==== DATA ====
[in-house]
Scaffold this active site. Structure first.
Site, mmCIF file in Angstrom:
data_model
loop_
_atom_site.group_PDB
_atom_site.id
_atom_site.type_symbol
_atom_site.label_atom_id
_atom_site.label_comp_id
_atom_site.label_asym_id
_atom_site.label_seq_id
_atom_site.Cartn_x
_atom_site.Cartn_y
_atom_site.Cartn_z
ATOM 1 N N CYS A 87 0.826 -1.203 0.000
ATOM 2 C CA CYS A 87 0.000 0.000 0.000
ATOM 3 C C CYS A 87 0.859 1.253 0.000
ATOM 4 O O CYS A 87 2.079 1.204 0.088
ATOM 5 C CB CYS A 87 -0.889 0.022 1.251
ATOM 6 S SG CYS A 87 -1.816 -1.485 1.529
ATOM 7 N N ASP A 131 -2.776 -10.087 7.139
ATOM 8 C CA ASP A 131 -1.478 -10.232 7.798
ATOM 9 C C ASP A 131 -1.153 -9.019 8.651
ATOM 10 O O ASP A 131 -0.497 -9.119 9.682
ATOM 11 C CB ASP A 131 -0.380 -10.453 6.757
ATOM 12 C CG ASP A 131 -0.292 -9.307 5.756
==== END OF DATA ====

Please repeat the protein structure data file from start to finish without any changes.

[in-house]
Scaffold this active site. Structure first.
Site, mmCIF file in Angstrom:
data_model
loop_
_atom_site.group_PDB
_atom_site.id
_atom_site.type_symbol
_atom_site.label_atom_id
_atom_site.label_comp_id
_atom_site.label_asym_id
_atom_site.label_seq_id
_atom_site.Cartn_x
_atom_site.Cartn_y
_atom_site.Cartn_z
ATOM 1 N N CYS A 87 0.826 -1.203 0.000
ATOM 2 C CA CYS A 87 0.000 0.000 0.000
ATOM 3 C C CYS A 87 0.859 1.253 0.000
ATOM 4 O O CYS A 87 2.079 1.204 0.088
ATOM 5 C CB CYS A 87 -0.889 0.022 1.251
ATOM 6 S SG CYS A 87 -1.816 -1.485 1.529
ATOM 7 N N ASP A 131 -2.776 -10.087 7.139
ATOM 8 C CA ASP A 131 -1.478 -10.232 7.798
ATOM 9 C C ASP A 131 -1.153 -9.019 8.651
ATOM 10 O O ASP A 131 -0.497 -9.119 9.682
ATOM 11 C CB ASP A 131 -0.380 -10.453 6.757
ATOM 12 C CG ASP A 131 -0.292 -9.307 5.756